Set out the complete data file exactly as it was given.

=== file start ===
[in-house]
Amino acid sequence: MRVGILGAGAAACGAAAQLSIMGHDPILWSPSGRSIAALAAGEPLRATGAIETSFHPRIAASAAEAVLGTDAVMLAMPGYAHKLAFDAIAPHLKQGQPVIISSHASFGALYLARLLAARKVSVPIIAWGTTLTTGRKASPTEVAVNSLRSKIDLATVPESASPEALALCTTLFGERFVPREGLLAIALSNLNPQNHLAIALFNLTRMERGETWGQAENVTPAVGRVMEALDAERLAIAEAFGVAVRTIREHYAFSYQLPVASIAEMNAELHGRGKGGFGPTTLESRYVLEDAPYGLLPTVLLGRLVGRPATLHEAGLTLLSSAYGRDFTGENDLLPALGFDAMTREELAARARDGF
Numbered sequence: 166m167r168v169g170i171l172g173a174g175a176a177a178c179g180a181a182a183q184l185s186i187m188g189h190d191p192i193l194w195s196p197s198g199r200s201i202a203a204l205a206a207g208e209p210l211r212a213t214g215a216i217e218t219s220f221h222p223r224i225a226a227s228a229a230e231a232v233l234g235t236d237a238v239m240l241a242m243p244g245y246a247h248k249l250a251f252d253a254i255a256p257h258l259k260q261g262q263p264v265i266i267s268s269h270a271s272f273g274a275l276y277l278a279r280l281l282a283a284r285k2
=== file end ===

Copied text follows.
[in-house]
Amino acid sequence: MRVGILGAGAAACGAAAQLSIMGHDPILWSPSGRSIAALAAGEPLRATGAIETSFHPRIAASAAEAVLGTDAVMLAMPGYAHKLAFDAIAPHLKQGQPVIISSHASFGALYLARLLAARKVSVPIIAWGTTLTTGRKASPTEVAVNSLRSKIDLATVPESASPEALALCTTLFGERFVPREGLLAIALSNLNPQNHLAIALFNLTRMERGETWGQAENVTPAVGRVMEALDAERLAIAEAFGVAVRTIREHYAFSYQLPVASIAEMNAELHGRGKGGFGPTTLESRYVLEDAPYGLLPTVLLGRLVGRPATLHEAGLTLLSSAYGRDFTGENDLLPALGFDAMTREELAARARDGF
Numbered sequence: 166m167r168v169g170i171l172g173a174g175a176a177a178c179g180a181a182a183q184l185s186i187m188g189h190d191p192i193l194w195s196p197s198g199r200s201i202a203a204l205a206a207g208e209p210l211r212a213t214g215a216i217e218t219s220f221h222p223r224i225a226a227s228a229a230e231a232v233l234g235t236d237a238v239m240l241a242m243p244g245y246a247h248k249l250a251f252d253a254i255a256p257h258l259k260q261g262q263p264v265i266i267s268s269h270a271s272f273g274a275l276y277l278a279r280l281l282a283a284r285k2